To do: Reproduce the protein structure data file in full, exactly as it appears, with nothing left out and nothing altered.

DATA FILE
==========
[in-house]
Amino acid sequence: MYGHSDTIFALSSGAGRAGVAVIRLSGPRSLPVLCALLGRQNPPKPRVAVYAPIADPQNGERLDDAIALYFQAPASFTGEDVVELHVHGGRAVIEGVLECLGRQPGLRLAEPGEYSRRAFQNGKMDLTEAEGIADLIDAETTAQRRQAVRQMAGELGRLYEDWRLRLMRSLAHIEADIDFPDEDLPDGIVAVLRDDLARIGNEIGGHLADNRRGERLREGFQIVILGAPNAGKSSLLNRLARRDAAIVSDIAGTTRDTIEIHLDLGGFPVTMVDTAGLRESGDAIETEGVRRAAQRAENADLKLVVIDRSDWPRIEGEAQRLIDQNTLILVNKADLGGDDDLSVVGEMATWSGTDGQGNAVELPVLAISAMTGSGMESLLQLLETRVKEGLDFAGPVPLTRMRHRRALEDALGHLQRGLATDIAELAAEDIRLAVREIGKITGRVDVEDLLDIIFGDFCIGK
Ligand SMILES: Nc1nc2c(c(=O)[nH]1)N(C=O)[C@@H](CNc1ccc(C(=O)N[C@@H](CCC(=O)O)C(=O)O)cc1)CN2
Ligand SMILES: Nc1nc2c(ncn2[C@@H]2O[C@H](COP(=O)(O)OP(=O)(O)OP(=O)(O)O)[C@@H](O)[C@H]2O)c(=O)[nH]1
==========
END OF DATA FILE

[in-house]
Amino acid sequence: MYGHSDTIFALSSGAGRAGVAVIRLSGPRSLPVLCALLGRQNPPKPRVAVYAPIADPQNGERLDDAIALYFQAPASFTGEDVVELHVHGGRAVIEGVLECLGRQPGLRLAEPGEYSRRAFQNGKMDLTEAEGIADLIDAETTAQRRQAVRQMAGELGRLYEDWRLRLMRSLAHIEADIDFPDEDLPDGIVAVLRDDLARIGNEIGGHLADNRRGERLREGFQIVILGAPNAGKSSLLNRLARRDAAIVSDIAGTTRDTIEIHLDLGGFPVTMVDTAGLRESGDAIETEGVRRAAQRAENADLKLVVIDRSDWPRIEGEAQRLIDQNTLILVNKADLGGDDDLSVVGEMATWSGTDGQGNAVELPVLAISAMTGSGMESLLQLLETRVKEGLDFAGPVPLTRMRHRRALEDALGHLQRGLATDIAELAAEDIRLAVREIGKITGRVDVEDLLDIIFGDFCIGK
Ligand SMILES: Nc1nc2c(c(=O)[nH]1)N(C=O)[C@@H](CNc1ccc(C(=O)N[C@@H](CCC(=O)O)C(=O)O)cc1)CN2
Ligand SMILES: Nc1nc2c(ncn2[C@@H]2O[C@H](COP(=O)(O)OP(=O)(O)OP(=O)(O)O)[C@@H](O)[C@H]2O)c(=O)[nH]1